Today every engineer, maker, and tinkerer can get access to a decent 3D printer for less than 300$ and start creating. Many of those people that have 3D printers also want to play and experiment with robotic arms that are close to the size or performance of human arms. While industrial robotic arms are too expensive, the only alternative is DIY robotic arms that are in most cases not really easy to program or capable of doing useful tasks.
Also, the DIY arm that will be used at home or near other people needs to be safe. That can be hard if using large reduction gearboxes or building a robotic arm that weighs a lot.
CM6 is a robotic arm that could fill that gap. It is safe, compliant, and most of all cheap. CM6 is a 3D printable COBOT robotic arm that uses QDD (Quasi direct drive actuators). QDD gives CM6 passive compliance which makes it behave like a human arm.
Actuators of choice for CM6 unlike most DIY robotic arms are BLDC gimbal motors. Also, this robot arm uses small reduction gearboxes (from 5:1- 9:1). These two aspects are what make this arm different from other arms. The inherited high torque and low-speed operation of BLDC gimbal motors allow great responsiveness to external disturbances and accurate current measurement. Paired with a small reduction gearbox to increase the torque a bit but still keep those great aspects of BLDC are crucial to the operation of this arm.
All actuators of this robot are 3d printed planetary gearboxes with single-stage reduction. They are designed to be easy to print, compact and most of all modular. With just a few changes in design, you can get a smaller / larger reduction or even add another reduction stage.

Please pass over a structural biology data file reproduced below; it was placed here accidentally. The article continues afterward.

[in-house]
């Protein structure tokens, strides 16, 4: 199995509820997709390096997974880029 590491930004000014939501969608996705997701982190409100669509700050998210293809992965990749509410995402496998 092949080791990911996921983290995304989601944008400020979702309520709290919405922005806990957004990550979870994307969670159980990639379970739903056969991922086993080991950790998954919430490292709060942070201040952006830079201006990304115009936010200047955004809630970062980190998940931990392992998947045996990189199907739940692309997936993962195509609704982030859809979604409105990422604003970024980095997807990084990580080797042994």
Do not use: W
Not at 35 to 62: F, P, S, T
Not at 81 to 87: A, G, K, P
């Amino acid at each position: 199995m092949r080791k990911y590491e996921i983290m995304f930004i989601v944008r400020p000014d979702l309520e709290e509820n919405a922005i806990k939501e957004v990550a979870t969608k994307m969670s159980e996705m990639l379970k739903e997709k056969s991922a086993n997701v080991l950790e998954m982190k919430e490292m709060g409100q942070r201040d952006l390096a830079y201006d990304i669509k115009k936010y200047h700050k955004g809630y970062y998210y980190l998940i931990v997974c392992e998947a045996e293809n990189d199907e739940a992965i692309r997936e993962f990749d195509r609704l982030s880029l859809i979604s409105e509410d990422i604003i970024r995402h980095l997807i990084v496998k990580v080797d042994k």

BLDC drivers are custom-made and are called S-Drive (Small drive). In the picture above you can see the evolution of the design, with the right one being the newest one. The goal of these drivers was to use the smallest amount of components possible and to keep the price low.
Key parts of the driver are:
- L6234 Three-phase motor driver
- AS5040 10 bit encoder
- stm32f103c ARM M3 microcontroller
Lightweight mechanical design
The whole robot (including base holders) weighs less than 5kg. This is achieved by using aluminum profiles to connect parts and using low infill PETG 3d printed parts.
Easy to use software
Another important part of this project was to have software that makes programing robots "easy". GUI software was written in python and heavily relies on Petar Corke's robotic toolbox for python! It was tested on Linux virtual machine, laptop running Linux, and raspberry pi 4!
The software offers real-time monitoring of robots:
- Motor position, current, speed, temperature
- End effector position
- Operating modes, errors...
Available modes at this moment are:
- Individual motor jogging
- freehand teach
- move from point to point
Each of these modes of movement can be recorded and replayed!
- This is an image of Teach menu. Here you can program your robot by writing code in "gray window" or by freehand movements.
- This is Move menu of the GUI. It allows you to jog individual motors and in near future jog robot by xyz.
- Weight: 5kg
- Max load:
- Max motor current:
- Power supply power: